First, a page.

In which I blog about my miniature wargaming and whatever else takes my interest!

In which I blog about my miniature wargaming and whatever else takes my interest!

Monday, July 26, 2021

The Road to Polotsk

I decided that I needed a game to recharge my mojo while wrestling with some Cheveuxleger, so a game of Sharp Practice was called for to blood all these Napoleonic figures that I've been painting and reacquaint myself with the rules.

So the setting is Russia, August 1812 (although I suppose we could ignore the Russian shakos and be in Poland in 1807 too) and a Russian force is making a foray against a Bavarian outpost. 

The Russians are attacking simply because they have a limber to move their gun. The Bavarian gun starts in the redoubt overlooking the village. 


Table viewed from Russian Deployment Point


I also wanted to see how my Russian front buildings would look up against my 28mm figures. After building them I felt they were over sized for the 15mm that they were intended for. Except for the doors, which you barely notice, they actually worked pretty well I think!


Russians deploy first with a formation of grenadiers and the 10 pdr unicorn under their force commander. The general lifting his hat in salute is the Deployment Point 

Bavarian light troops hustle up the road 

I'm using the coloured chips to mark the Big Men on table but am drawing cards for activation

"Achtung!" Gun crew is alert and springs into action

Bavarian fusiliers begin to arrive. The Emperor (their Deployment Point) helpfully pointing the way forward. 

6 pdr opens the game putting a bunch of shock on the grenadiers marching up the road 



Russians spreading out into fields opposite the redoubt 


Bavarian light troops get into the village 

"Franz?" "Ja, Hans?" "There are pigs, Franz." "Ja, Hans, there are. Cabbages too." "How have they not been eaten yet, Franz?" "Ich weiss nicht. We should do something about that, Hans."

Schützen taking aim, and wondering how to get the pigs and cabbages back to their bivouac without anyone else noticing


Jaegers on the left of the line beginning a flanking move on the battery

Russian gun begins bombarding the redoubt

"Present! Fire!" Sgt Harfner puts a close range volley into the grenadiers, who recoil from the excess shock.

The village is wreathed in musket smoke. The Russian Colonel is knocked out by a stray bullet. His 3 command initiatives would be really useful to help rally off some shock right now, but he's stunned and being given brandy by an orderly for the rest of the game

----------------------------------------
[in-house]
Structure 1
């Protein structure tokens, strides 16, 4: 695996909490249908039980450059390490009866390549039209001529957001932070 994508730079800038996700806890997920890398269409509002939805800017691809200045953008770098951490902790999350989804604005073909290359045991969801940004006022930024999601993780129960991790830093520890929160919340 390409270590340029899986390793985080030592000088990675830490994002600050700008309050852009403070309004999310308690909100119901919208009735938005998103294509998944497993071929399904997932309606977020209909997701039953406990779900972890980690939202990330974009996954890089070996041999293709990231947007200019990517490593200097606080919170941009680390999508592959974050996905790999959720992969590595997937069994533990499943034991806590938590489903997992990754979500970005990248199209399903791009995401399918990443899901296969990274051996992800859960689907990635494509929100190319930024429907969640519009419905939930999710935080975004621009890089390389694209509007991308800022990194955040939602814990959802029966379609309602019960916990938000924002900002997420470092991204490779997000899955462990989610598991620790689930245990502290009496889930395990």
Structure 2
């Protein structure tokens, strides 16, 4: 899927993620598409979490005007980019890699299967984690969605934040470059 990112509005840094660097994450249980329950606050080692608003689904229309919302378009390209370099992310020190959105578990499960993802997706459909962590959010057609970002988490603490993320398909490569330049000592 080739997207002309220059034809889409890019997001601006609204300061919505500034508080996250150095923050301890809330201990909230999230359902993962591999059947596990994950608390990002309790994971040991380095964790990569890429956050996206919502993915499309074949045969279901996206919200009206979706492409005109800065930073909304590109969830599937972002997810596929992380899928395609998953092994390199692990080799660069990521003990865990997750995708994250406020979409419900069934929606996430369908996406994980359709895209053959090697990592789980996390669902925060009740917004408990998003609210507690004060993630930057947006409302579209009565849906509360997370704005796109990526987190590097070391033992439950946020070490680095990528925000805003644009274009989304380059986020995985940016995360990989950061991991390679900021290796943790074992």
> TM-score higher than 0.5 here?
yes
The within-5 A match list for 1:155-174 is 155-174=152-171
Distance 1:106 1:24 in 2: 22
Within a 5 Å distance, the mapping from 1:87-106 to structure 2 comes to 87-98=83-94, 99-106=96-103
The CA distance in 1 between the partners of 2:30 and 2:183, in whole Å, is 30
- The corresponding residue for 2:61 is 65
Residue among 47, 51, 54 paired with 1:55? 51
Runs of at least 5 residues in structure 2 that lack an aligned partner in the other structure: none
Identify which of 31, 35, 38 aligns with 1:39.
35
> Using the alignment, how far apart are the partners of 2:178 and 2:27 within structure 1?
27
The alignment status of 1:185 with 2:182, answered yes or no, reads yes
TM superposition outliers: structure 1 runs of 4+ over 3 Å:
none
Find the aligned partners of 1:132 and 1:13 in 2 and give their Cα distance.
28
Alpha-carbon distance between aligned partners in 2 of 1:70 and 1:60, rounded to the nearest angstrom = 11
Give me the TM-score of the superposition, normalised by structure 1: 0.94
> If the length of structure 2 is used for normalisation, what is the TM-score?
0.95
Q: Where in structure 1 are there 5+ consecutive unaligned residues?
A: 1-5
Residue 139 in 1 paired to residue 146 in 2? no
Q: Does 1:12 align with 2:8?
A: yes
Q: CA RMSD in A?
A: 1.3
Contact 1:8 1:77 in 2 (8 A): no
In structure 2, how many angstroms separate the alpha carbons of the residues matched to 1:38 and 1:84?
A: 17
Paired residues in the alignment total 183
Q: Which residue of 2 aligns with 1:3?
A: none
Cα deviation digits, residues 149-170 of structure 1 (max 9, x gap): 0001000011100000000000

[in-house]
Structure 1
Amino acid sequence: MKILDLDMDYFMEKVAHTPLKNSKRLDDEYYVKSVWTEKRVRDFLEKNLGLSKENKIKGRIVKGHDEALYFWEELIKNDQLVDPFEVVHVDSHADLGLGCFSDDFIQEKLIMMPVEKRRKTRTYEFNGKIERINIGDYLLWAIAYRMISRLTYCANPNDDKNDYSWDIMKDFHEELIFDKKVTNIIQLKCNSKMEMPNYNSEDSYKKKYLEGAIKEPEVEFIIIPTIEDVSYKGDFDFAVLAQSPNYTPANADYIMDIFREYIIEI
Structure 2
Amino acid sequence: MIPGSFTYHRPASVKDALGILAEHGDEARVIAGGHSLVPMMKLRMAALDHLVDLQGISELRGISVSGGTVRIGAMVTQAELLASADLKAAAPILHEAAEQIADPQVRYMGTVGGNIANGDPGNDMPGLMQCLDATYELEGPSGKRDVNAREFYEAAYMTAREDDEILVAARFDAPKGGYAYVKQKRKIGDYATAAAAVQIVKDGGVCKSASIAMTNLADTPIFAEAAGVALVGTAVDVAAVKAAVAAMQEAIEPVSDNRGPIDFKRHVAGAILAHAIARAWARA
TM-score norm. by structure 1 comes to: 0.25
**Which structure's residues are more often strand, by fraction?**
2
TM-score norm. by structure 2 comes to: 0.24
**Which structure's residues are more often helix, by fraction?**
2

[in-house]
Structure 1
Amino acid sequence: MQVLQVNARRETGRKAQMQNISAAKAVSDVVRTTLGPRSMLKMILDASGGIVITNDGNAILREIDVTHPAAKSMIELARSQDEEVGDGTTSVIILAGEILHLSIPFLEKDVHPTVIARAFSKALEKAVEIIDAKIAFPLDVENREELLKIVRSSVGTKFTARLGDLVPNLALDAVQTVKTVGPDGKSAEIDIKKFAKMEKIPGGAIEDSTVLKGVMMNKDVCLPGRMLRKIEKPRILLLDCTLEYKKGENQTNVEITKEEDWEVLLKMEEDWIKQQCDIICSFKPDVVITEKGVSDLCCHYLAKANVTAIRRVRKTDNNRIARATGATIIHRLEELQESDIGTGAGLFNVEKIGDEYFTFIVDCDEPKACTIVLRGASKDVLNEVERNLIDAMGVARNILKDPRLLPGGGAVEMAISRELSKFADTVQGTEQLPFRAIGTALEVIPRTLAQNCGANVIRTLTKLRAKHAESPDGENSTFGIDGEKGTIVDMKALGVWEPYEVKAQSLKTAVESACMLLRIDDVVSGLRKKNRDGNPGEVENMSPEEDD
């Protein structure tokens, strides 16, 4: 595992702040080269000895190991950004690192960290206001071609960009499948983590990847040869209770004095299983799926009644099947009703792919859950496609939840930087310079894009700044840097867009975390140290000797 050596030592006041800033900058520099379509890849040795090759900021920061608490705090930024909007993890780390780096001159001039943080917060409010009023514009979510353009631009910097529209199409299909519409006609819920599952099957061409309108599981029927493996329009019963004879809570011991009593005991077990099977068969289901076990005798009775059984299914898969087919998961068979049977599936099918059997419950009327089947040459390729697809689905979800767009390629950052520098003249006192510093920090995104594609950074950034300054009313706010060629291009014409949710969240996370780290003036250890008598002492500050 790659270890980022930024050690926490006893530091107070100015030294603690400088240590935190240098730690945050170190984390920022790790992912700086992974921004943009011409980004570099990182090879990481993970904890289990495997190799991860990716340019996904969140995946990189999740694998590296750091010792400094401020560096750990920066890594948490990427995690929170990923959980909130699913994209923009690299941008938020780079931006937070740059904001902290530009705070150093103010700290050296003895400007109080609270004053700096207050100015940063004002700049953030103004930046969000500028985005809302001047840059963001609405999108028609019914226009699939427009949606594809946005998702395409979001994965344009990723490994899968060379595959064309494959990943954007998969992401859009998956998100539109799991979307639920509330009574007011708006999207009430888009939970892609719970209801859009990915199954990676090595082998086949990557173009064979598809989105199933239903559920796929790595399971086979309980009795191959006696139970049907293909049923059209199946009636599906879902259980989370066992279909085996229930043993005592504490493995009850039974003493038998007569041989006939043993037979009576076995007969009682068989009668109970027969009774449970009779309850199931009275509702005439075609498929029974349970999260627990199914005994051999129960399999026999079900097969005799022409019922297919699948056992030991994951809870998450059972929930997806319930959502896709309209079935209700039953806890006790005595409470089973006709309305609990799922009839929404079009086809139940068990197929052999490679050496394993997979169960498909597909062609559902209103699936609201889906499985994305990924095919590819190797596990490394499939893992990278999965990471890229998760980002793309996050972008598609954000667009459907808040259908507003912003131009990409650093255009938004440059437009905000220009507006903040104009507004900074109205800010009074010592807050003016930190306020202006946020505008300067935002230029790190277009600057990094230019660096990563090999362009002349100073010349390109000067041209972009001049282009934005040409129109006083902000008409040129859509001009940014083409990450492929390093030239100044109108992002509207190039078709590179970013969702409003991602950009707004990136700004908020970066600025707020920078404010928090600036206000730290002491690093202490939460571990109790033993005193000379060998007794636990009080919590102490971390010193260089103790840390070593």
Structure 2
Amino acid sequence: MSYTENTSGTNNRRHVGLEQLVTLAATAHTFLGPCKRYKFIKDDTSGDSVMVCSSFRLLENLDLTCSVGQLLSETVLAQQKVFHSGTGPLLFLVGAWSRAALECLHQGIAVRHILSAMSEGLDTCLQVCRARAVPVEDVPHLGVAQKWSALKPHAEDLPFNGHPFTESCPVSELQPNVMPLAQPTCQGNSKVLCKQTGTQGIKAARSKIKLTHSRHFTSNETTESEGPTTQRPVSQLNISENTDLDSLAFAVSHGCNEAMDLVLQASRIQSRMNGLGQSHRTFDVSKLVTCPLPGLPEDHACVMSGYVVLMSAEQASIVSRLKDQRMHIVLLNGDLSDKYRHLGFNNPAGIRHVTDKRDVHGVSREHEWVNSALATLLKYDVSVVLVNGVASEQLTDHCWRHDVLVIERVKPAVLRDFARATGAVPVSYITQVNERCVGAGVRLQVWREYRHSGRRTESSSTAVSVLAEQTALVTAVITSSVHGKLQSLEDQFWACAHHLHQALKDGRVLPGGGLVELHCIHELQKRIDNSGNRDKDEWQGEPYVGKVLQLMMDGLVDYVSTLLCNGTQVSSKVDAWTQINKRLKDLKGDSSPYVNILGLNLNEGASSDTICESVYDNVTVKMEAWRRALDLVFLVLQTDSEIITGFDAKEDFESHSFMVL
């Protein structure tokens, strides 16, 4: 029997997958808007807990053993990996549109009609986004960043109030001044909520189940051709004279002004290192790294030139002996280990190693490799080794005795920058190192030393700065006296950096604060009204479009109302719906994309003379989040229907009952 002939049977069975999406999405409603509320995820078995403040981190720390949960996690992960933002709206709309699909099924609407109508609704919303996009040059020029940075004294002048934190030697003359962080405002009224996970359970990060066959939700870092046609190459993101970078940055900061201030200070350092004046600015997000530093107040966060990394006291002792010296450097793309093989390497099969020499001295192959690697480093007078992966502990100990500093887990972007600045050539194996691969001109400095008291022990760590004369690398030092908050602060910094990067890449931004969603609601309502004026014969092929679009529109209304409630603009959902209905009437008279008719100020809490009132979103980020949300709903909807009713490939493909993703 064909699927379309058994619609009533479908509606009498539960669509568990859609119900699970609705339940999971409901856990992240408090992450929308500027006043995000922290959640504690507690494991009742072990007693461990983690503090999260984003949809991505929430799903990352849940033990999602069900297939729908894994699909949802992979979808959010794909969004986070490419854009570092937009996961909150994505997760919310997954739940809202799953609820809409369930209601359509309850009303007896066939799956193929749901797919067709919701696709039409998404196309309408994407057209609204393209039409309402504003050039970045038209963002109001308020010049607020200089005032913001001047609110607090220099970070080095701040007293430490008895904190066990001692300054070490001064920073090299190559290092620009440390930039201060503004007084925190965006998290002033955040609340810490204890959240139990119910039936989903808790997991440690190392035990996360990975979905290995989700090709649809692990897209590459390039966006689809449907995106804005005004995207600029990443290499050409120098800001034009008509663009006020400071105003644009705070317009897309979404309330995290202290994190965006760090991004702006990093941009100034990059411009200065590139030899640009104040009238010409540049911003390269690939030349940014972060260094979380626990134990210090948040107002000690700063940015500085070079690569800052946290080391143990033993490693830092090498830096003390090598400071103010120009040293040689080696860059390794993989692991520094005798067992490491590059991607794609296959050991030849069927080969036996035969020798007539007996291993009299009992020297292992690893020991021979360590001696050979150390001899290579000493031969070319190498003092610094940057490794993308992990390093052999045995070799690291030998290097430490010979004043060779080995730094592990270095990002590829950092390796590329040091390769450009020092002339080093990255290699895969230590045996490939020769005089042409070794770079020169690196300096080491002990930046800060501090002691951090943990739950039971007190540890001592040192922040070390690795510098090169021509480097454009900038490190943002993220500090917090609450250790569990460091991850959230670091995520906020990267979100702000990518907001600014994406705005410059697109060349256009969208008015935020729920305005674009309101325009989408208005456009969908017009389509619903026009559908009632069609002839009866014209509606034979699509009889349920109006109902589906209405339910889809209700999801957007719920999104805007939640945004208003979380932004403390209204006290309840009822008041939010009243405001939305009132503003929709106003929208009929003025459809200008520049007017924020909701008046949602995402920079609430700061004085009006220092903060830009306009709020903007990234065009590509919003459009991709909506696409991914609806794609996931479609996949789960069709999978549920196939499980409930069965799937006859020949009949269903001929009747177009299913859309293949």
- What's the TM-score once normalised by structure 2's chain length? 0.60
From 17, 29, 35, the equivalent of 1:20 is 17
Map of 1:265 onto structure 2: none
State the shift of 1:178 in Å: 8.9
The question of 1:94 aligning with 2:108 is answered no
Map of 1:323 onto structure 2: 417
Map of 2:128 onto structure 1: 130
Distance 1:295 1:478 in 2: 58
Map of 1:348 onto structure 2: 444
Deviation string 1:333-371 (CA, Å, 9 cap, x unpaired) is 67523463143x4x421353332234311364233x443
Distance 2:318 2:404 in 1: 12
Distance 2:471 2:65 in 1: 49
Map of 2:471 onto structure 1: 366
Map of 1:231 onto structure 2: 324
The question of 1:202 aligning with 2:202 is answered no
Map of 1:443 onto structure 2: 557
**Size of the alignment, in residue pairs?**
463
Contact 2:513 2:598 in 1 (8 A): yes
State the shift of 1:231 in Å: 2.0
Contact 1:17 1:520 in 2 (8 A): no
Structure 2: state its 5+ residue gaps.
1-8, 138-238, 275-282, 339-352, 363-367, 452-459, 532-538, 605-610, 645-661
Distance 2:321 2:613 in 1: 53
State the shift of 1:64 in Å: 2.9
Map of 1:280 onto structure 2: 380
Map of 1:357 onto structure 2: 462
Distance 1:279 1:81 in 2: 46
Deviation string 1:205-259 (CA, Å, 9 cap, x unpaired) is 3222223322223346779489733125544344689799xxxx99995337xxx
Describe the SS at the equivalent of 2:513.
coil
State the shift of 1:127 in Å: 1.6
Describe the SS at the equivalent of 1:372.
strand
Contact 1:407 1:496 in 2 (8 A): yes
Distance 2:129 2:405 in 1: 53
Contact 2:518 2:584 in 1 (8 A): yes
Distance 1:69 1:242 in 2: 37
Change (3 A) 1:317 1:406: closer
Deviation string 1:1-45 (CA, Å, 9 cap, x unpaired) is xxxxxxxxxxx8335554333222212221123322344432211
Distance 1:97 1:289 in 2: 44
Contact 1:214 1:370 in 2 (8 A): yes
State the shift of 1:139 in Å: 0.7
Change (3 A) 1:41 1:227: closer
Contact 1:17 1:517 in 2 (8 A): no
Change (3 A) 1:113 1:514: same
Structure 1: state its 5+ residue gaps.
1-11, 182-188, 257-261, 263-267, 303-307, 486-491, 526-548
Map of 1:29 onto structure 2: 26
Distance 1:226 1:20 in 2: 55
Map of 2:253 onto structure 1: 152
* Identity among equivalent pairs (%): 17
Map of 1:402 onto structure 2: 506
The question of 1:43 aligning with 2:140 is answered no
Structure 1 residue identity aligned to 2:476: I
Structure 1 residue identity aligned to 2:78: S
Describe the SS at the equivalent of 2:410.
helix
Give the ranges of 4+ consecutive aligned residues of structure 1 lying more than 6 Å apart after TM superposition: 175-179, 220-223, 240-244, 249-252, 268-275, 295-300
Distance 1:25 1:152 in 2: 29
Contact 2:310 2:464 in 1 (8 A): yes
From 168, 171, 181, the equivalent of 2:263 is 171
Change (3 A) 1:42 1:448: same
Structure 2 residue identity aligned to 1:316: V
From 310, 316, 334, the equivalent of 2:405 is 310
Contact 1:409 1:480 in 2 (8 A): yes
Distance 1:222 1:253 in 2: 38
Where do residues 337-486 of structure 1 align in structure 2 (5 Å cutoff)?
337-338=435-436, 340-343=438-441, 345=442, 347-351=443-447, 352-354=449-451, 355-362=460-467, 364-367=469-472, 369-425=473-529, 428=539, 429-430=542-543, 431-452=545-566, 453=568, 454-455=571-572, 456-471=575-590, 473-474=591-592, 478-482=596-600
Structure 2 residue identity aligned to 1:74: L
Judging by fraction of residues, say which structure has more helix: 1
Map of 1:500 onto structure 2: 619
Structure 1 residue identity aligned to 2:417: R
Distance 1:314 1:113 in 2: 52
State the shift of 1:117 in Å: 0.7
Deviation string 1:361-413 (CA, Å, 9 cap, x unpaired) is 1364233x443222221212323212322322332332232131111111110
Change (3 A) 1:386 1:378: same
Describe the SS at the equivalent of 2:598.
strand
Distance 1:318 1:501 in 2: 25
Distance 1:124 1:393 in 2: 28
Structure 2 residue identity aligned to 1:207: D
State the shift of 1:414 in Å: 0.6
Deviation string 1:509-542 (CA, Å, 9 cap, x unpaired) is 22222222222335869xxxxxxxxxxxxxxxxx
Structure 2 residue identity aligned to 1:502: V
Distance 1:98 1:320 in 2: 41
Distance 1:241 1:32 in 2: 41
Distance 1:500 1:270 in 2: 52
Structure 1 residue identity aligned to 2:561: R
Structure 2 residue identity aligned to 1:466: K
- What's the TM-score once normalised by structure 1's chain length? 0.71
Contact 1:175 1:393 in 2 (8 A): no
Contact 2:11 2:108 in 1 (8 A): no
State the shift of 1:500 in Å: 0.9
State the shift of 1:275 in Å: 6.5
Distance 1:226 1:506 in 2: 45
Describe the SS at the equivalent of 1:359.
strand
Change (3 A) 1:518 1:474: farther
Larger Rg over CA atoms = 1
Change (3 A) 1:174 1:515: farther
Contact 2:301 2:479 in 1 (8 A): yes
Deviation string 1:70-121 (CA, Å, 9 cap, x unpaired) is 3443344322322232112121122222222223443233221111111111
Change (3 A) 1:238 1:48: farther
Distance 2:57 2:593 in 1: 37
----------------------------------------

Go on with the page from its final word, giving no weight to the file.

Bavarian gun flays advancing Russian infantry with cannister!

Fusiliers form up to support the redoubt. Notice the Russian Jaegers have sidestepped into the woods at the base of the hill

Russian musketeers all alone in a field



Advancing Russian musketeers getting hit with cannister, musketry and soon the Bavarian lights will enfilade them from the village! They will break with over 50% casualties!

Jaegers give the battery a volley!

UURRRAAAH! Charging up through the musket smoke they carry the redoubt with their bayonets! 

Second formation of Bavarian Fusiliers arrive to put some musketry into the Jaegers.

The wreckage of battle. The victorious Jaegers are alone and unsupported as the rest of the Russian infantry flee across the table covered in shock markers.

A Bavarian win, I think. Even though the Russians achieved their objective, the Bavarian Force Morale was still at 8 whereas the Russian FM had dipped to 7 and the Jaegers wouldn't be able to hold on long enough to spike the gun or blow up the redoubt.

Both sides get some bragging rights I think, and everyone looked FABULOUS! even my low budget Hät Fusiliers.

Friday, July 16, 2021

Scharf's Schützen



Initially each Bavarian infantry company had

 Twenty especially clever and agile men... were designated as schützen to perform light infantry duties; granted short green plumes and other distinctions, they held elite status similar to the company of grenadiers in each battalion. In 1809 the number of Schützen per company increased to 36, and 1811 saw the creation of a separate Schützen company for each line and light battalion (A Soldier for Napoleon, the Campaigns of Lieutennant Franz Joseph Hausmann ed. John H. Gill p.23). 

These designated skirmishers would form a skirmish line on the command "Schützen vor!" 






Light battalions followed the same practice. 

Here are half a dozen rifle armed schützen from Front Rank. I painted them in the green and grey of a Light Infantry Regiment. A significant number of those had black facings and red piping so I went with that.









As I have found with Front Rank figures the quality of the sculpting just seduces you and pulls you in as a painter. I once again found myself painting all kinds of things I normally skip over and I highlighted all the things!, not just the coats.





Because they are significantly chunkier than the Hät figures I opted to put them two to a base. I got a bit dramatic with the flocking and tufts. But I always figure skirmishers are running around out in the weeds.

Comparison with some of my Hät Light Infantry. Same height, just heftier and more imposing. From three feet away they look fine on the table together. Whew!

Of course, now I am thinking about getting more and some leader figures to make a proper Formation out of them with a couple of Big Men: Hauptmann Ricard Scharf and Feldwebel Harfner.